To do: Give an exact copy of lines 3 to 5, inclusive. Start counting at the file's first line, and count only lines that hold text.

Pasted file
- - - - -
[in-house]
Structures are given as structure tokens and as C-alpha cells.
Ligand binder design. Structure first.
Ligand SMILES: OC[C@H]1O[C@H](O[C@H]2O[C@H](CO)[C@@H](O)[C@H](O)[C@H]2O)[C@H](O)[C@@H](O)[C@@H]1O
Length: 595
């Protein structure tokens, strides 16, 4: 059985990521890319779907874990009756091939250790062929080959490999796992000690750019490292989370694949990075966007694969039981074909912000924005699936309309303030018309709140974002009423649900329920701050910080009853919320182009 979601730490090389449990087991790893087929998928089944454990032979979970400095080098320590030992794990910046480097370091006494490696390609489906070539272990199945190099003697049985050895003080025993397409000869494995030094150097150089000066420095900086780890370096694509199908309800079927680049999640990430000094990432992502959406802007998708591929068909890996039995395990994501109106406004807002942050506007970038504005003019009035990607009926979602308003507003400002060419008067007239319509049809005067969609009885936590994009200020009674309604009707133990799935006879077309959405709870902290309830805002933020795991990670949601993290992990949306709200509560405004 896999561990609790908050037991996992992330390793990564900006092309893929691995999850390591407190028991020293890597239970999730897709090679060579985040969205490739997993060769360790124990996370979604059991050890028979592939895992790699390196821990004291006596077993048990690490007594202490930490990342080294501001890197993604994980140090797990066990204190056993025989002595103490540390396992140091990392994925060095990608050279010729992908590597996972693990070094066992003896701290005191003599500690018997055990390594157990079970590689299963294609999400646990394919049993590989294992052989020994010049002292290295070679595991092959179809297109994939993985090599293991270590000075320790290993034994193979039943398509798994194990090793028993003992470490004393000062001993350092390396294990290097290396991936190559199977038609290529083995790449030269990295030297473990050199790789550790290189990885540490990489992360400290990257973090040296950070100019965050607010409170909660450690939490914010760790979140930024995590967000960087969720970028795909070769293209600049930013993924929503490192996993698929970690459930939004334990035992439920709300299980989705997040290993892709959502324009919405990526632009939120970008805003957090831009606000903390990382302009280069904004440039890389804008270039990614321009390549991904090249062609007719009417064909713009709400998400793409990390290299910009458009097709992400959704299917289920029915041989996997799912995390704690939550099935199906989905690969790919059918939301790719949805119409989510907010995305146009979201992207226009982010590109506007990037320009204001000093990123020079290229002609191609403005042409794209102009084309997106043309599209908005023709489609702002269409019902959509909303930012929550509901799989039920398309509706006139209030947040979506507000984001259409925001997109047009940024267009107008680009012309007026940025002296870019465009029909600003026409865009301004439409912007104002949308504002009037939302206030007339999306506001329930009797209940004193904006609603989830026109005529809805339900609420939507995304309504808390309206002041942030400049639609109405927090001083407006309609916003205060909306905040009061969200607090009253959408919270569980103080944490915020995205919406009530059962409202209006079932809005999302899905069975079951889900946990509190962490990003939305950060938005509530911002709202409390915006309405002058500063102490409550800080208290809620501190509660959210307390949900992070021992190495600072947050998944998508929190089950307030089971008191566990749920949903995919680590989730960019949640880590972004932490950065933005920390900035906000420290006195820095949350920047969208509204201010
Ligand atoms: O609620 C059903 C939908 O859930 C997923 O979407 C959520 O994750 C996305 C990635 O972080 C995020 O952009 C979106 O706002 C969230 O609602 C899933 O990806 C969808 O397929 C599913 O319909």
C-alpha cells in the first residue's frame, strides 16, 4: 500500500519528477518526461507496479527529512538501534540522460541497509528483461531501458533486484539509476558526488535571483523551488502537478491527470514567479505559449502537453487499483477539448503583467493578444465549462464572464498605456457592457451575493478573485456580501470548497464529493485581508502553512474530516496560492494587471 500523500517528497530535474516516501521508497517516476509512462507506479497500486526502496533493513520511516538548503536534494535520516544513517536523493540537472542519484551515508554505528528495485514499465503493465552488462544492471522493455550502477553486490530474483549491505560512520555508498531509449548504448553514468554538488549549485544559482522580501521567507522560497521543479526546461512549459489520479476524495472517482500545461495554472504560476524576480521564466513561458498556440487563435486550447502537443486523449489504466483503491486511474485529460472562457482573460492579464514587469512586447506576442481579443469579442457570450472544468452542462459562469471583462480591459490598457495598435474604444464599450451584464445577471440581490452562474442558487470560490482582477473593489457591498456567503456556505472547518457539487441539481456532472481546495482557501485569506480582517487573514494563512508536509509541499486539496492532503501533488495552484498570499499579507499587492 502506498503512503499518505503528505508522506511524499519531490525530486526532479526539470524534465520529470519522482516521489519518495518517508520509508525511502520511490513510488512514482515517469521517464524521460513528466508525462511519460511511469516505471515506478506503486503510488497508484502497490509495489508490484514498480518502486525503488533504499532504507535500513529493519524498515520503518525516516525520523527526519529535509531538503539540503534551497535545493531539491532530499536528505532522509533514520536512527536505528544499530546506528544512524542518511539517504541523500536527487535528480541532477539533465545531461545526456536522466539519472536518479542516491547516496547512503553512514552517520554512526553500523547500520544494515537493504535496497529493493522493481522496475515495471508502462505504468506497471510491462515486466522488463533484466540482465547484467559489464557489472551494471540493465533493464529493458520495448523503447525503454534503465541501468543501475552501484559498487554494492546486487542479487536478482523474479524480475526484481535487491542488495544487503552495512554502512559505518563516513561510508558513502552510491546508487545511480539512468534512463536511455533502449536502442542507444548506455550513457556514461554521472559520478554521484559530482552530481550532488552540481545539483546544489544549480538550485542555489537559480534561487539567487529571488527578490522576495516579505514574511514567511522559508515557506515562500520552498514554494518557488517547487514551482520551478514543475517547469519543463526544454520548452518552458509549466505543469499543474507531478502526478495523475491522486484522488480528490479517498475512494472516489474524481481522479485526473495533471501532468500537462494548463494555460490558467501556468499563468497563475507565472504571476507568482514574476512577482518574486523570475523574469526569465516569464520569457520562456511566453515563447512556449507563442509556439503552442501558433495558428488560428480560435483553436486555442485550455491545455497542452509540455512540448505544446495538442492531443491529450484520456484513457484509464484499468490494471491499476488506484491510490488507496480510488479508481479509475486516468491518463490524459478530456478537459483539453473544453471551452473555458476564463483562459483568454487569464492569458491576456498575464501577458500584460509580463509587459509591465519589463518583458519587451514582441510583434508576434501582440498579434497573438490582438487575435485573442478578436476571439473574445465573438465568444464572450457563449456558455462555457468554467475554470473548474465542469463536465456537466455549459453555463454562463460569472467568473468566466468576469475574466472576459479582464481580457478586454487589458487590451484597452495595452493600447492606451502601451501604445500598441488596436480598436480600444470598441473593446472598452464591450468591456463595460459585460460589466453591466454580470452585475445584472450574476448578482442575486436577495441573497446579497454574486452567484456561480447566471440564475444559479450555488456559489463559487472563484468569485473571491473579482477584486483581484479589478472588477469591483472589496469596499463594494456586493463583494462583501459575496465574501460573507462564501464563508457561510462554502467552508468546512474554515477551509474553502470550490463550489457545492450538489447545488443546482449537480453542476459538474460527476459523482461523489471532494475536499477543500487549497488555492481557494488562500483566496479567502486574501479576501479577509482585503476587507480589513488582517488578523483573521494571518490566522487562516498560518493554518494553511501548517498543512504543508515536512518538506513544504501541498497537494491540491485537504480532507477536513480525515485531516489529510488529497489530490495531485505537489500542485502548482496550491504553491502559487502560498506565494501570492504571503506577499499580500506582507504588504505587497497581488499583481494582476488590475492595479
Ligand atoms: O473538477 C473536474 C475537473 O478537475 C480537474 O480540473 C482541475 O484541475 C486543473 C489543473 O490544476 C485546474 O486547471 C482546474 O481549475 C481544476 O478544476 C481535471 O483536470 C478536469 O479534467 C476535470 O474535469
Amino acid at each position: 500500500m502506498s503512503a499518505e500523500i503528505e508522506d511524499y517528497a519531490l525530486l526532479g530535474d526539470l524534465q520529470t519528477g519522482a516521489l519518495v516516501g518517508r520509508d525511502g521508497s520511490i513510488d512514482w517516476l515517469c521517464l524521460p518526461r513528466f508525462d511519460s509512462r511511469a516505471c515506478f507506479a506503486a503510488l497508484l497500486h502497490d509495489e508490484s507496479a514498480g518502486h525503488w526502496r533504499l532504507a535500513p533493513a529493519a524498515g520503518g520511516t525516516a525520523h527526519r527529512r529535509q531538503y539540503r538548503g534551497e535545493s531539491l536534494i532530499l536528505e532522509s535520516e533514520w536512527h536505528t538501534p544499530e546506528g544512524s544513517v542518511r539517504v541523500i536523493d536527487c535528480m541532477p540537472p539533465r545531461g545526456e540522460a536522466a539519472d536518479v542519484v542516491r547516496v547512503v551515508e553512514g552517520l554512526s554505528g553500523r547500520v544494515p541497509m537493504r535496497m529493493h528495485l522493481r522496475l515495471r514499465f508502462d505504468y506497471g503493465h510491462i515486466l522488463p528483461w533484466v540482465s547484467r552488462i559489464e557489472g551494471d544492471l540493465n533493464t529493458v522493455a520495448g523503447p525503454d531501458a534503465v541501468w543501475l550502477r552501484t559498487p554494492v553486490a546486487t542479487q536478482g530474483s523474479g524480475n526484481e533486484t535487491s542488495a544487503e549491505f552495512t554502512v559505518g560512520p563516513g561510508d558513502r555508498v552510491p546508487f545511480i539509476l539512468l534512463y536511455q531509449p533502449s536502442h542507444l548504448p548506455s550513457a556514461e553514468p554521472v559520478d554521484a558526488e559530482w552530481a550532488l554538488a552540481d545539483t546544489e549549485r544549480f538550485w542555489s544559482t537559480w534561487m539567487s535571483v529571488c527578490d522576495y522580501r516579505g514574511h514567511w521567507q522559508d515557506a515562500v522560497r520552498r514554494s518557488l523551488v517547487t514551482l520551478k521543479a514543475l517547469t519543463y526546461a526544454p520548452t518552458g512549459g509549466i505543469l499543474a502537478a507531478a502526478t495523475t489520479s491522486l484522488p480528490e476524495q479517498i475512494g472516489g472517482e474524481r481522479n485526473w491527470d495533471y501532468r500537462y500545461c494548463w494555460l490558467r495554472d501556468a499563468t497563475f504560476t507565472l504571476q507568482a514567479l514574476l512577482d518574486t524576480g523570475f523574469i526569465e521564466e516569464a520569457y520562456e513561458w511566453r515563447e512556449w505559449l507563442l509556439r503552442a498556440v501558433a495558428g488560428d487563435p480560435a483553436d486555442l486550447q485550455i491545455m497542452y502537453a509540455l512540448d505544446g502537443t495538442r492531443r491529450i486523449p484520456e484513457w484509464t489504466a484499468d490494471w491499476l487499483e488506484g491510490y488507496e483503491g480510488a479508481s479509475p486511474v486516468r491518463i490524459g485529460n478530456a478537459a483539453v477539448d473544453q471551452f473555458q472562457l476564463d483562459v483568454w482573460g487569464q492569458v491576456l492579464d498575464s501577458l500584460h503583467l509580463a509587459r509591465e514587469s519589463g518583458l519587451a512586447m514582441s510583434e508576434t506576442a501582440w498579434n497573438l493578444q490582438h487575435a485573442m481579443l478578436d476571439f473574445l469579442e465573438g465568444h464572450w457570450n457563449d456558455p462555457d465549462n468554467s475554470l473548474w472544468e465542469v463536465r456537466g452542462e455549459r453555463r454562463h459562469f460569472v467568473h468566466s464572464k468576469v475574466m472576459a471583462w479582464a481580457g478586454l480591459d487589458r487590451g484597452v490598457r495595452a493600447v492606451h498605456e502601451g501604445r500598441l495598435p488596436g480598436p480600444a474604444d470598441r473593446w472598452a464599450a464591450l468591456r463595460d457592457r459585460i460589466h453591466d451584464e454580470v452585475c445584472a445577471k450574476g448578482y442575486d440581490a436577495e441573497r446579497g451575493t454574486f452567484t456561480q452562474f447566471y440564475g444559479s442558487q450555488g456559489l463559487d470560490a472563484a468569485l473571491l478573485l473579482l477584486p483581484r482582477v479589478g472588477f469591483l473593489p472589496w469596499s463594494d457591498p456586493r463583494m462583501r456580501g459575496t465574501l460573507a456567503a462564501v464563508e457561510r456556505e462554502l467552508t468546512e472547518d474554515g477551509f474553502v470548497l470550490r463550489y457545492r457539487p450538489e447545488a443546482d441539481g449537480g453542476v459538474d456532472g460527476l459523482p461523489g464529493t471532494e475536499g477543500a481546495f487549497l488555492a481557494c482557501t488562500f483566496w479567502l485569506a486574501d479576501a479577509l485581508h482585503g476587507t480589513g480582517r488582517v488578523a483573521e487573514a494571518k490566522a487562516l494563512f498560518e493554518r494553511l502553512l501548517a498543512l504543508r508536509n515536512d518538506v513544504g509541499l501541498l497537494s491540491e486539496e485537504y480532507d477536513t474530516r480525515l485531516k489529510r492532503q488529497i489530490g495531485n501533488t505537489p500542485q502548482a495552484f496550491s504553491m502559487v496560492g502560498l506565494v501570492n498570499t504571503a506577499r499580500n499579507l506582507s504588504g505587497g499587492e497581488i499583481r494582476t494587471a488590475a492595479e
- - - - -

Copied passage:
Ligand binder design. Structure first.
Ligand SMILES: OC[C@H]1O[C@H](O[C@H]2O[C@H](CO)[C@@H](O)[C@H](O)[C@H]2O)[C@H](O)[C@@H](O)[C@@H]1O
Length: 595